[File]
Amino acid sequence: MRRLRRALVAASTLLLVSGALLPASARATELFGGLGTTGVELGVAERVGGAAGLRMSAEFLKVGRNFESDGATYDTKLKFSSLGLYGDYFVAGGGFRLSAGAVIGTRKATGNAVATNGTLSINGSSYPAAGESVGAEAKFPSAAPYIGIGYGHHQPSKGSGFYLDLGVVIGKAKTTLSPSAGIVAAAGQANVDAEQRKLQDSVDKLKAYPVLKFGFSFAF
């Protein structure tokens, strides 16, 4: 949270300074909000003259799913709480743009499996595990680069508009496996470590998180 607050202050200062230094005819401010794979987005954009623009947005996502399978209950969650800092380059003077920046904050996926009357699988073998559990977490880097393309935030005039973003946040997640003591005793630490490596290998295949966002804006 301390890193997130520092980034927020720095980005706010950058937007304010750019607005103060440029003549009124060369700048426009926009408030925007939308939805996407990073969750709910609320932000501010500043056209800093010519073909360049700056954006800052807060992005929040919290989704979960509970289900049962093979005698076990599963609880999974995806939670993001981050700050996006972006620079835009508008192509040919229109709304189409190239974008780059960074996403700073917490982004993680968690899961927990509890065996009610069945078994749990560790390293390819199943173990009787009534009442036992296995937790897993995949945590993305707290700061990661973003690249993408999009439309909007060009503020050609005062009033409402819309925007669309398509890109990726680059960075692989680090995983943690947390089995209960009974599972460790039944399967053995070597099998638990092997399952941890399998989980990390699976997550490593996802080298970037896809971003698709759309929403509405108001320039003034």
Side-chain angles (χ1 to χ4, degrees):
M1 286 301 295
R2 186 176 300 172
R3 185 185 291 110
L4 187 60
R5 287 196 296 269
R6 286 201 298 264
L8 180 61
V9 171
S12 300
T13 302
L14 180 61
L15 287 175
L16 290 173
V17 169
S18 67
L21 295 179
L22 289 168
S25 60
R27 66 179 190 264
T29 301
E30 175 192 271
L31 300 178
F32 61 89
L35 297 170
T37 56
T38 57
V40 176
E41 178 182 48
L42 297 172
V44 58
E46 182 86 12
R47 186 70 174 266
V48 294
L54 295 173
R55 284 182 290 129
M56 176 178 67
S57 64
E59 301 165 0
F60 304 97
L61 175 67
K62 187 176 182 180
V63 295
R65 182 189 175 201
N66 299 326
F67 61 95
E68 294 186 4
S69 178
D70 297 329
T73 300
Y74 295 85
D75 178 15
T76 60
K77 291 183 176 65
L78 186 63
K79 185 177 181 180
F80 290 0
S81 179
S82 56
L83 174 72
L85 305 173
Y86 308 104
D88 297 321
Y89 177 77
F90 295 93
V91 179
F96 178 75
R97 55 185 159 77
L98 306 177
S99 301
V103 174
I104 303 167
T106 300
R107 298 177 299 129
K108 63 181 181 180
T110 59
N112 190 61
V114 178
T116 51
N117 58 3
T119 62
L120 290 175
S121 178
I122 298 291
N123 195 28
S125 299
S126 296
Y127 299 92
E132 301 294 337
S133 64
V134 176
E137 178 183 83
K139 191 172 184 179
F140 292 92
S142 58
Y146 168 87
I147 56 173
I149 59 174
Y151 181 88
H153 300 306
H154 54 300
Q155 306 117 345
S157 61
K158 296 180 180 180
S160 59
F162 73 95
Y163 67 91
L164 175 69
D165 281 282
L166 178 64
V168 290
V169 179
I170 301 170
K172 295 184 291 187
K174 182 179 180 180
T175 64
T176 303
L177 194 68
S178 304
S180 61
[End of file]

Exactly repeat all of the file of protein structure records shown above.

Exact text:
Amino acid sequence: MRRLRRALVAASTLLLVSGALLPASARATELFGGLGTTGVELGVAERVGGAAGLRMSAEFLKVGRNFESDGATYDTKLKFSSLGLYGDYFVAGGGFRLSAGAVIGTRKATGNAVATNGTLSINGSSYPAAGESVGAEAKFPSAAPYIGIGYGHHQPSKGSGFYLDLGVVIGKAKTTLSPSAGIVAAAGQANVDAEQRKLQDSVDKLKAYPVLKFGFSFAF
């Protein structure tokens, strides 16, 4: 949270300074909000003259799913709480743009499996595990680069508009496996470590998180 607050202050200062230094005819401010794979987005954009623009947005996502399978209950969650800092380059003077920046904050996926009357699988073998559990977490880097393309935030005039973003946040997640003591005793630490490596290998295949966002804006 301390890193997130520092980034927020720095980005706010950058937007304010750019607005103060440029003549009124060369700048426009926009408030925007939308939805996407990073969750709910609320932000501010500043056209800093010519073909360049700056954006800052807060992005929040919290989704979960509970289900049962093979005698076990599963609880999974995806939670993001981050700050996006972006620079835009508008192509040919229109709304189409190239974008780059960074996403700073917490982004993680968690899961927990509890065996009610069945078994749990560790390293390819199943173990009787009534009442036992296995937790897993995949945590993305707290700061990661973003690249993408999009439309909007060009503020050609005062009033409402819309925007669309398509890109990726680059960075692989680090995983943690947390089995209960009974599972460790039944399967053995070597099998638990092997399952941890399998989980990390699976997550490593996802080298970037896809971003698709759309929403509405108001320039003034």
Side-chain angles (χ1 to χ4, degrees):
M1 286 301 295
R2 186 176 300 172
R3 185 185 291 110
L4 187 60
R5 287 196 296 269
R6 286 201 298 264
L8 180 61
V9 171
S12 300
T13 302
L14 180 61
L15 287 175
L16 290 173
V17 169
S18 67
L21 295 179
L22 289 168
S25 60
R27 66 179 190 264
T29 301
E30 175 192 271
L31 300 178
F32 61 89
L35 297 170
T37 56
T38 57
V40 176
E41 178 182 48
L42 297 172
V44 58
E46 182 86 12
R47 186 70 174 266
V48 294
L54 295 173
R55 284 182 290 129
M56 176 178 67
S57 64
E59 301 165 0
F60 304 97
L61 175 67
K62 187 176 182 180
V63 295
R65 182 189 175 201
N66 299 326
F67 61 95
E68 294 186 4
S69 178
D70 297 329
T73 300
Y74 295 85
D75 178 15
T76 60
K77 291 183 176 65
L78 186 63
K79 185 177 181 180
F80 290 0
S81 179
S82 56
L83 174 72
L85 305 173
Y86 308 104
D88 297 321
Y89 177 77
F90 295 93
V91 179
F96 178 75
R97 55 185 159 77
L98 306 177
S99 301
V103 174
I104 303 167
T106 300
R107 298 177 299 129
K108 63 181 181 180
T110 59
N112 190 61
V114 178
T116 51
N117 58 3
T119 62
L120 290 175
S121 178
I122 298 291
N123 195 28
S125 299
S126 296
Y127 299 92
E132 301 294 337
S133 64
V134 176
E137 178 183 83
K139 191 172 184 179
F140 292 92
S142 58
Y146 168 87
I147 56 173
I149 59 174
Y151 181 88
H153 300 306
H154 54 300
Q155 306 117 345
S157 61
K158 296 180 180 180
S160 59
F162 73 95
Y163 67 91
L164 175 69
D165 281 282
L166 178 64
V168 290
V169 179
I170 301 170
K172 295 184 291 187
K174 182 179 180 180
T175 64
T176 303
L177 194 68
S178 304
S180 61